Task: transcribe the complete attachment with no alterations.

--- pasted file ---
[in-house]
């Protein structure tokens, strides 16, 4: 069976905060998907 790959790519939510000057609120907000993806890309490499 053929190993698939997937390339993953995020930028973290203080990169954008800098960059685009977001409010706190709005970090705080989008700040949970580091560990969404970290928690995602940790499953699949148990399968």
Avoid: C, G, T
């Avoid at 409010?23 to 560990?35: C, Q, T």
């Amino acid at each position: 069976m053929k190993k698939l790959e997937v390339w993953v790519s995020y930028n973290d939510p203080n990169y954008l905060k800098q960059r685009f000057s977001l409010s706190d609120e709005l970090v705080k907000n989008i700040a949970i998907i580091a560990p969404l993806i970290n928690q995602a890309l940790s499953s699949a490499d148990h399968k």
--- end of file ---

[in-house]
């Protein structure tokens, strides 16, 4: 069976905060998907 790959790519939510000057609120907000993806890309490499 053929190993698939997937390339993953995020930028973290203080990169954008800098960059685009977001409010706190709005970090705080989008700040949970580091560990969404970290928690995602940790499953699949148990399968």
Avoid: C, G, T
């Avoid at 409010?23 to 560990?35: C, Q, T």
């Amino acid at each position: 069976m053929k190993k698939l790959e997937v390339w993953v790519s995020y930028n973290d939510p203080n990169y954008l905060k800098q960059r685009f000057s977001l409010s706190d609120e709005l970090v705080k907000n989008i700040a949970i998907i580091a560990p969404l993806i970290n928690q995602a890309l940790s499953s699949a490499d148990h399968k």